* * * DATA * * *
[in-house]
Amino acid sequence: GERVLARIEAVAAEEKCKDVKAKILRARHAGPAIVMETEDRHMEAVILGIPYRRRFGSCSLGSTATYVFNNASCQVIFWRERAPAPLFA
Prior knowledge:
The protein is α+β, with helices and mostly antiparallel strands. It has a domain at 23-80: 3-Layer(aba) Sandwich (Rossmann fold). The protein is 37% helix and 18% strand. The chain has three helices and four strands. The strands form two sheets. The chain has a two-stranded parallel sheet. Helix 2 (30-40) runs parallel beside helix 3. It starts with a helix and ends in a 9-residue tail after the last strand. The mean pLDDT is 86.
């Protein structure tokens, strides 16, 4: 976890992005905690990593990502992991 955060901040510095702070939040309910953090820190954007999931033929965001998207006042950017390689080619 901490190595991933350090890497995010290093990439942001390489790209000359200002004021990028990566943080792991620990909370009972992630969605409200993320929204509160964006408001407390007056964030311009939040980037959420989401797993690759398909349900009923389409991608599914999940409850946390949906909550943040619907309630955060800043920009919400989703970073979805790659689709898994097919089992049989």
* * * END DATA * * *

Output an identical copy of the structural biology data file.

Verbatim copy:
[in-house]
Amino acid sequence: GERVLARIEAVAAEEKCKDVKAKILRARHAGPAIVMETEDRHMEAVILGIPYRRRFGSCSLGSTATYVFNNASCQVIFWRERAPAPLFA
Prior knowledge:
The protein is α+β, with helices and mostly antiparallel strands. It has a domain at 23-80: 3-Layer(aba) Sandwich (Rossmann fold). The protein is 37% helix and 18% strand. The chain has three helices and four strands. The strands form two sheets. The chain has a two-stranded parallel sheet. Helix 2 (30-40) runs parallel beside helix 3. It starts with a helix and ends in a 9-residue tail after the last strand. The mean pLDDT is 86.
């Protein structure tokens, strides 16, 4: 976890992005905690990593990502992991 955060901040510095702070939040309910953090820190954007999931033929965001998207006042950017390689080619 901490190595991933350090890497995010290093990439942001390489790209000359200002004021990028990566943080792991620990909370009972992630969605409200993320929204509160964006408001407390007056964030311009939040980037959420989401797993690759398909349900009923389409991608599914999940409850946390949906909550943040619907309630955060800043920009919400989703970073979805790659689709898994097919089992049989």